ALEX STIEDA: RACING THE CHAMPS ELYSÉES, ON TOUR, WAS THE MOST SPECIAL MOMENT OF MY CAREER

MARTIN SKUHRAVÝ - 15.11.2021

Alex is a Canadian bike racer who made history in the 1986 Tour de France by becoming the first North American to ever don the yellow jersey. Read the story of this Vancouver native and learn about what it was like to make your way to a PRO team, 40 years ago!

I really looked forward to interviewing Alex, knowing how much history he has in common with Vancouver, British Columbia and the RBC Granfondo Whistler race that has its fourth and final race on ROUVY this week.

What I didn’t expect was to learn so many interesting facts about how tough it used to be for a pro, 40 years ago. Read on and find out!

 

Cycling and traditions of the ’80s


On the 1986 TdF, you were one of the few, if not the only one, wearing a helmet. What is the story behind it?

The rules for wearing helmets changed by country. In Belgium you had to wear a hairnet. In France, it was optional. You didn’t have to wear a helmet at all, if you were a professional. Growing up racing in Vancouver, I had to wear a hairnet and so later on, during any bike race, it just didn’t feel comfortable without it.

As an amateur you had to wear one, but then when you turned pro, you were free not to use one. It was almost like a badge of honour not wearing a helmet.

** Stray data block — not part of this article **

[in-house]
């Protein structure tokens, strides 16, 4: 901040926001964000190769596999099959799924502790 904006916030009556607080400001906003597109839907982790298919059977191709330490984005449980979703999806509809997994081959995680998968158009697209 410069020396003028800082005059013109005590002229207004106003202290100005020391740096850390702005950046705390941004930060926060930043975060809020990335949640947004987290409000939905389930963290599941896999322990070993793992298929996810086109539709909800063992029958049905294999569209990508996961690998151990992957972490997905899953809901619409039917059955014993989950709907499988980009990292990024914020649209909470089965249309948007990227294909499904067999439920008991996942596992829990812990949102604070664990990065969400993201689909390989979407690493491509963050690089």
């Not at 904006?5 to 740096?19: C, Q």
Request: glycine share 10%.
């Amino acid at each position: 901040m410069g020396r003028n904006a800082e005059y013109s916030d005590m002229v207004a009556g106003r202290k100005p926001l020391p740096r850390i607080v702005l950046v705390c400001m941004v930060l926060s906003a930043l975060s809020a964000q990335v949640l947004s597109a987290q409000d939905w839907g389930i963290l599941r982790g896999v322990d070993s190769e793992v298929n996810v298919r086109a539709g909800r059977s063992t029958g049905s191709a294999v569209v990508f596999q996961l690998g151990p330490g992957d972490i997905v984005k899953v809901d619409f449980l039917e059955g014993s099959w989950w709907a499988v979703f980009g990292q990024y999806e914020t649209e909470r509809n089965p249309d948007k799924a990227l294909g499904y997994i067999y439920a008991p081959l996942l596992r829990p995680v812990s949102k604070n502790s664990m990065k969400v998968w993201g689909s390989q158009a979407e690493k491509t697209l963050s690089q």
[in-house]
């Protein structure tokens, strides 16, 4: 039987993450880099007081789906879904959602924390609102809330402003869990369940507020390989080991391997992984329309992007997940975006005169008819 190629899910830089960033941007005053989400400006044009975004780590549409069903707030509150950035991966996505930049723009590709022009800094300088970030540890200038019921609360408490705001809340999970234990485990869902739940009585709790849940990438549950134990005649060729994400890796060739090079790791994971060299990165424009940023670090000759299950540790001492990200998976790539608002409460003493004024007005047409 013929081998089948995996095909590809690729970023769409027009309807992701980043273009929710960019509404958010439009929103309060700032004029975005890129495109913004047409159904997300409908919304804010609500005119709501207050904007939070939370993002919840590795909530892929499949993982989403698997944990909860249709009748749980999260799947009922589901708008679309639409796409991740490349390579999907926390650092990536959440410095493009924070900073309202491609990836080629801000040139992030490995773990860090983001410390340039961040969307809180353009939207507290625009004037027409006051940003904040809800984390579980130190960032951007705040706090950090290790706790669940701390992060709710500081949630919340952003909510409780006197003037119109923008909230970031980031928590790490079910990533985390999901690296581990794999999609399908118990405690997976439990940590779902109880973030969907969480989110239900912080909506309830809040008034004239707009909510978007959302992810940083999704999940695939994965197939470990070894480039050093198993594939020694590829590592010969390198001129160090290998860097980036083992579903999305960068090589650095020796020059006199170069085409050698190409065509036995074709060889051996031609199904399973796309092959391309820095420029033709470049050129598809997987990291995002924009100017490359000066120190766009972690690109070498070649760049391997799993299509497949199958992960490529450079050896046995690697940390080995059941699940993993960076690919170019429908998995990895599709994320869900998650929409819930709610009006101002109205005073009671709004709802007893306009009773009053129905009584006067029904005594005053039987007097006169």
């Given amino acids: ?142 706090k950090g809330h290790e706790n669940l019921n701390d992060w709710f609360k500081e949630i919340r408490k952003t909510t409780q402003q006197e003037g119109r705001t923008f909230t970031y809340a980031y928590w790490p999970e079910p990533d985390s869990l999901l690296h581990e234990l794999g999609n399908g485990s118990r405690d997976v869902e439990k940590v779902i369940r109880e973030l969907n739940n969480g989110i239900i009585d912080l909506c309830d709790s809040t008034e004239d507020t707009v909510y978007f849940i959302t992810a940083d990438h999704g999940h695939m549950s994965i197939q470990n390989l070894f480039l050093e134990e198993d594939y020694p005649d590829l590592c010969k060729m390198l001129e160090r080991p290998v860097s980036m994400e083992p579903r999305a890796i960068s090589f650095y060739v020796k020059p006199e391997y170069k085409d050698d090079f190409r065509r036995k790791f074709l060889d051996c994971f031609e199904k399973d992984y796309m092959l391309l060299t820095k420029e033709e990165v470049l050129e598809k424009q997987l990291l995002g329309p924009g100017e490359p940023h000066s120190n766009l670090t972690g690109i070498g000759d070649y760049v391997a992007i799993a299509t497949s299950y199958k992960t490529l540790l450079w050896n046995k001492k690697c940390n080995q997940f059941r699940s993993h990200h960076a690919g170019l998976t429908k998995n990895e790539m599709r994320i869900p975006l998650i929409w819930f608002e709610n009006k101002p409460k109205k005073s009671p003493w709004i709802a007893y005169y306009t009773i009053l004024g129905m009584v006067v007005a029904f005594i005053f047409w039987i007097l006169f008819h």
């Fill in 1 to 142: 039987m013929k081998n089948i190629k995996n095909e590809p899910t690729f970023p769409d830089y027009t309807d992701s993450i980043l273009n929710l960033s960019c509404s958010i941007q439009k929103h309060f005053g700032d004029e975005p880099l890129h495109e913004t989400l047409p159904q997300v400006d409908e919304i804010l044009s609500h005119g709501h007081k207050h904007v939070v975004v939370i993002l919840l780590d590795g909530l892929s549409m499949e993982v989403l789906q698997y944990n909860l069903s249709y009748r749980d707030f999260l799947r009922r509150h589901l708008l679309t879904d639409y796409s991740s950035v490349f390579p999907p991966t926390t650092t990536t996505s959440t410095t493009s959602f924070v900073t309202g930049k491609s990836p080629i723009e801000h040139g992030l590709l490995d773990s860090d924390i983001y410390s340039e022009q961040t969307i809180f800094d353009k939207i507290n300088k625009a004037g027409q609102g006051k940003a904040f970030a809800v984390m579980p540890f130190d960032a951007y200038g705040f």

Alex cornering

 

The Eddy Mercx bike you used to race with, in the late ’80s and early ’90s, was custom made for you. Was it usual that pro riders used custom-made frames at that time? As far as I understand, most riders use frames that are not customized these days.

I often reflect on how the pros now can only choose between small, medium, large and extra large frames.


Every rider of the team (Alex raced for 7-Eleven at the time) had a custom made frame by Eddy Mercx specifically for us. And in fact, Eddy Mercx made Andy Hampsten (who won the Giro for us), 20 (!!) custom made frames to try to find the best fit for him!


In the ’80s, the tradition was that you had to have a custom made frame, there was no other way around it. As time went on, I think people realized that what was happening in the frame underneath was not really important. What matters is where the saddle is and where the handlebars are.

That kind of fits into the same scheme of traditions as with the helmets, right?

Yes, absolutely. It took so long to change! Just look at the power meters. SRM had the first power meter but it took 10 long years for the teams and coaches to accept that it could be a useful tool!

So I guess it’s been the same with the radios?

Yes, exactly! It’s a whole other story. No one wanted to believe that radios could be useful. In fact, 7-Eleven team were the first to use the radios on some small races to try them and we realized it was a big advantage.

What was the support for the pro teams in the ’80s; did you fly Concorde for your European races?

(Laughter) We were a famous pro team but the support we had was very basic. There were no team buses and we stayed in cheap hotels. Sometimes, there were mirrors on the ceiling, if you know what that means, Martin!